Human Research Report Digital Newsletter

Protecting Research Subjects and Researchers

Vol. 34, No. 2, February, 2019

Back Issues

Here’s an inside look at what you will receive in the digital newsletter, including actual excerpts.

New Review Exemptions

IRBs and New Review Exemptions … p. 3
IRBs and Continuing Reviews … p. 4
IRBs and Exempt “Activities” … p. 5

IRBs and Subject Risks in IVD Studies … p. 6
IRBs and “Broad Consent” … p. 7
In Congress … p. 8
FDA Warning … p. 9
OHRP Determination … p. 10
In Court: Wade v. Oregon Health Science University … p. 11
Compliance Conferences & Courses … p. 12
Licensing Rights for This Subscriber … p. 12

IRBS and New Exemptions From Required Review – Pt. 2 … p. 3

We continue here with more of the explanations from the Secretary’s advisory Committee on Human Research Protections (SACHRP) regarding the new exemptions from IRB review contained in the newly revised Common Rule (aka the “2018 Requirements”).

As we noted last month, SACHRP points out that the number of exemptions from IRB review and related human subject protection requirements has been expanded to eight. In addition, most of the exemptions’ wordings and meanings have been altered.

We ended last month’s article on this topic by presenting SACHRP’s examples of “educational settings,” since Exempt Category 1 addresses research in such settings. We continue this month with more of SACHRP’s “Questions and Answers” (Q&As) on how to determine whether a particular type of research is covered by the new exemptions and what IRBs and/or researchers should do when it is or is not covered.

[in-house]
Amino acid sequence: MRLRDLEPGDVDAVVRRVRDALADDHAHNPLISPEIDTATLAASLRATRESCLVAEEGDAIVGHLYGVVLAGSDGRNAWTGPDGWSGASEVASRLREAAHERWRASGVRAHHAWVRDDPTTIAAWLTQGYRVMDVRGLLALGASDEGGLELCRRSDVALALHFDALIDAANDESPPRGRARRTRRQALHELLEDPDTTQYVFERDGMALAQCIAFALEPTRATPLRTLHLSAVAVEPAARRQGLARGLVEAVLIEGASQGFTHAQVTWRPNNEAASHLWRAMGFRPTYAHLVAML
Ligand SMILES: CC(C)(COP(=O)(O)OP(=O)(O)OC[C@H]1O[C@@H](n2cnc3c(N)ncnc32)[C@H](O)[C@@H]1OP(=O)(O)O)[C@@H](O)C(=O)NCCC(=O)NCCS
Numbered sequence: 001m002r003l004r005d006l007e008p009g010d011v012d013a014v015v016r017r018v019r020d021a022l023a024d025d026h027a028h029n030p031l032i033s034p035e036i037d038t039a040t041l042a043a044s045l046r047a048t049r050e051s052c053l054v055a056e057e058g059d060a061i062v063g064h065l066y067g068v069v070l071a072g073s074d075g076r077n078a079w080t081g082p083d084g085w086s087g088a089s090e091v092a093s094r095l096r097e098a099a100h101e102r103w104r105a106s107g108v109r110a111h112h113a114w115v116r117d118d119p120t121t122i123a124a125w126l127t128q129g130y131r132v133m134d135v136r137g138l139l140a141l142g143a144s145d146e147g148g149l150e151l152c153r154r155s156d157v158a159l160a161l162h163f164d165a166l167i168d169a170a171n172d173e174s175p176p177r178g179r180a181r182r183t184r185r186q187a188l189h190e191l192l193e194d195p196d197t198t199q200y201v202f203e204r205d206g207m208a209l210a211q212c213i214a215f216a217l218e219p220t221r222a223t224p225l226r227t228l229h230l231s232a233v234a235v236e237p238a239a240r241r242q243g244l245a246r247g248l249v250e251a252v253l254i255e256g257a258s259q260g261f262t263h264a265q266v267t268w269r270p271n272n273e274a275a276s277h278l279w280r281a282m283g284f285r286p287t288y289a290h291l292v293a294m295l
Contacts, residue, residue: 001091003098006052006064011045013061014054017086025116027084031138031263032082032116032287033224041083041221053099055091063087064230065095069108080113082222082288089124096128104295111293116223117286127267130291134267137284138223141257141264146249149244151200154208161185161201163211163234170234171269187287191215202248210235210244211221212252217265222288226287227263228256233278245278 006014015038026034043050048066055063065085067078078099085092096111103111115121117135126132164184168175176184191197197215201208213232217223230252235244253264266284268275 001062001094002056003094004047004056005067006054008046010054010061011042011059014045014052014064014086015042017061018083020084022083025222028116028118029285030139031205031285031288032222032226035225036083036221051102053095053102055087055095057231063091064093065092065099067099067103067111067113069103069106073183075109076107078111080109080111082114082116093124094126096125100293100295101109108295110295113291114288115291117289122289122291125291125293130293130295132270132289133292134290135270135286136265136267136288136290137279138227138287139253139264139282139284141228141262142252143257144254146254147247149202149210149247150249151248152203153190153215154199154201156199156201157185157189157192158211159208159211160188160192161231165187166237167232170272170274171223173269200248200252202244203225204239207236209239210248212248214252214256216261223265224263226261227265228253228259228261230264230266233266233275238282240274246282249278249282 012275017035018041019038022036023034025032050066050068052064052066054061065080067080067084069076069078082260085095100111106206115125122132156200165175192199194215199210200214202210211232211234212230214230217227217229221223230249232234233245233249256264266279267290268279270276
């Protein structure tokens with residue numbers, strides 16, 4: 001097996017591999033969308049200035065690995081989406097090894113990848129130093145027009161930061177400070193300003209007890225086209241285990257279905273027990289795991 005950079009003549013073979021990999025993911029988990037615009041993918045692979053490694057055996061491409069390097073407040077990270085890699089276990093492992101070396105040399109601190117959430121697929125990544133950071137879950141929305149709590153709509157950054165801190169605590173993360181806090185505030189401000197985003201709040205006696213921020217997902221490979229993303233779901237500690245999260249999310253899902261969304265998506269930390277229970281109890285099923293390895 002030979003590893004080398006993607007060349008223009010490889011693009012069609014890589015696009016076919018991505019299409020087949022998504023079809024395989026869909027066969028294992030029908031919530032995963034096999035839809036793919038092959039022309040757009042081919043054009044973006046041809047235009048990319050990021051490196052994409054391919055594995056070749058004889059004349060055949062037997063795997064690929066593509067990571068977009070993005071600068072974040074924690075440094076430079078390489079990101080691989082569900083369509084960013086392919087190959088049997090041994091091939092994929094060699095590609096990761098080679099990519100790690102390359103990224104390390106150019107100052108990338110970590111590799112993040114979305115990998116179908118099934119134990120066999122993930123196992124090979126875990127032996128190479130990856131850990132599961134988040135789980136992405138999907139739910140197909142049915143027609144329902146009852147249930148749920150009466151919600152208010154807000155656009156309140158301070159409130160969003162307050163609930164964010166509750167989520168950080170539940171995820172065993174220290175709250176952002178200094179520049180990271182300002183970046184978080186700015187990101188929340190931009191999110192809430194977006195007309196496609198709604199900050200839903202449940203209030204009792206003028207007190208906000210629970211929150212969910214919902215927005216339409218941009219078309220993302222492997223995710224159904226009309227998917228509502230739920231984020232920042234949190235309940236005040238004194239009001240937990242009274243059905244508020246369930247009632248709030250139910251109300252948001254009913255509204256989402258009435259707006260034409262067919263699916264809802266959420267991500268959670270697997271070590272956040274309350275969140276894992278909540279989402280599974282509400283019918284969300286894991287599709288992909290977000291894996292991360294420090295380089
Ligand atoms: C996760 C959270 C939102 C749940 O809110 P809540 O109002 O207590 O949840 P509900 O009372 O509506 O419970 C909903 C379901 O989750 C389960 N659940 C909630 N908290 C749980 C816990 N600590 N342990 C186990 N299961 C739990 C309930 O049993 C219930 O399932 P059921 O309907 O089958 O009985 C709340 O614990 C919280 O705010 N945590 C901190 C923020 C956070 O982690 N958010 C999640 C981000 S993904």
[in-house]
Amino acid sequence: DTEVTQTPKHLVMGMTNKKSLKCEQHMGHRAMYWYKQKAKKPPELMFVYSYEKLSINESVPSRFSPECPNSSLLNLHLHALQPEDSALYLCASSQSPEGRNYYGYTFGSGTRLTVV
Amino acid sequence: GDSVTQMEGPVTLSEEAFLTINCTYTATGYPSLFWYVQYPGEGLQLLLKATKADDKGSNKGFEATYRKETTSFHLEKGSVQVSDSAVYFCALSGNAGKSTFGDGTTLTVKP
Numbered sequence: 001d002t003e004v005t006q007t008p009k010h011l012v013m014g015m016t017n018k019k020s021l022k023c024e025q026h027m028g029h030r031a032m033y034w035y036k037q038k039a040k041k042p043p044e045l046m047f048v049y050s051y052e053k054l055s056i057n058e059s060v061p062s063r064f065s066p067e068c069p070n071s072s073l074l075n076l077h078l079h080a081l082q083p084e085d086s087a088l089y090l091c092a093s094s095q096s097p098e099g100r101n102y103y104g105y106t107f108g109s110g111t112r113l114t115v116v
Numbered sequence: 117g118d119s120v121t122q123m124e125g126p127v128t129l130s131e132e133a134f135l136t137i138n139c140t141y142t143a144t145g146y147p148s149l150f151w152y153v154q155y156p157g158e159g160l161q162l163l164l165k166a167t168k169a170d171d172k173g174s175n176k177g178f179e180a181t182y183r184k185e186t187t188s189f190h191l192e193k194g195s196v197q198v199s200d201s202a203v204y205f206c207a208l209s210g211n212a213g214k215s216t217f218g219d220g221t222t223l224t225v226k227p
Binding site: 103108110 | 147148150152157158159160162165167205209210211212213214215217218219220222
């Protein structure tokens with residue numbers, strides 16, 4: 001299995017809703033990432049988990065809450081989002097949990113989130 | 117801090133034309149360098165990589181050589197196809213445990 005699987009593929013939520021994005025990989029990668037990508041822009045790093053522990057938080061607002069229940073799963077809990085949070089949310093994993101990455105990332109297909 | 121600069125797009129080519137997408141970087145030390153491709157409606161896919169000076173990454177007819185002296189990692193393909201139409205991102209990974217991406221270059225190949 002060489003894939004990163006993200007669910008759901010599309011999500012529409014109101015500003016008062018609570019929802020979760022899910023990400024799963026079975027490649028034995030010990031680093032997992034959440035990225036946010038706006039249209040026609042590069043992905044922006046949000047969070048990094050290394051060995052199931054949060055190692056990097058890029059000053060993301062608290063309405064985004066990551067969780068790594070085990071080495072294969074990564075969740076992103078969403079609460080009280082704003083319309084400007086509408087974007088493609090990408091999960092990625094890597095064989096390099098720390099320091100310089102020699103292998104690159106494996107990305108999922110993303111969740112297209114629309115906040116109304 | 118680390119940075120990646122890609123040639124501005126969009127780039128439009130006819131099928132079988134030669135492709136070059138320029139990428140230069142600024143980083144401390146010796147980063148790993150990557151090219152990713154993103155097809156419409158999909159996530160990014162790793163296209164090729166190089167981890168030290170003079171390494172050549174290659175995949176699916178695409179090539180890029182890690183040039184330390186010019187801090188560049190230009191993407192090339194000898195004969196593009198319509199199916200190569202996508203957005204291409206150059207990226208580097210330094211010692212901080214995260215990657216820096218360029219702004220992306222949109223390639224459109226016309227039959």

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IRBs and What to Do About Continuing Reviews – Pt. 1 … p. 4

In addition to the OHRP guidance presented on pp. 1-2 of this HRR on compliance dates for IRBs and others regarding the newly revised Common Rule, OHRP has also issued another guidance titled “2018 Requirements FAQs – IRB Review.” This guidance addresses the status of continuing IRB reviews in light of the new Revised Common Rule. The guidance is constructed as a “FAQ” (i.e., “Frequently Asked Questions”) document, as follows:

[Q] How should IRBs approach the continuing review of research that remains active beyond long-term follow-up or data analysis, but that is eligible for expedited review under categories 8(b) or 9 of the 1998 OHRP Expedited Review List in light of the new provision at §46.109(f)(1)(i) of the [now final] 2018 Requirements, which eliminates the requirement for such continuing review unless an IRB determines otherwise?” (guidance, January 16; on the Web at https://www.hhs.gov/ohrp/regulations-and-policy/guidance/faq/2018-requirements-faqs/index.html).

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IRBs and Activities That Don’t Have to Be Reviewed – Pt. 3 … p. 5

We continue here with our coverage of a new draft guidance issued by the federal Office for Human Research Protections (OHRP) titled “Activities Deemed Not to Be Research: Public Health Surveillance 2018 Requirements.”

This guidance is part of OHRP’s series of new guidances, all being developed because of new requirements contained in the revised Common Rule. As described in last month’s HRR, the main focus of the new guidance is on determining whether or not a public health surveillance activity is deemed to be research.

If such a determination is made – and there are many such activities to consider – the activity would be judged as nonresearch and therefore exempt from IRB review and related human subject protection requirements.

We shall begin where we left off in last month’s article; namely, with discussion of the types of activities that could be determined to be exempt.

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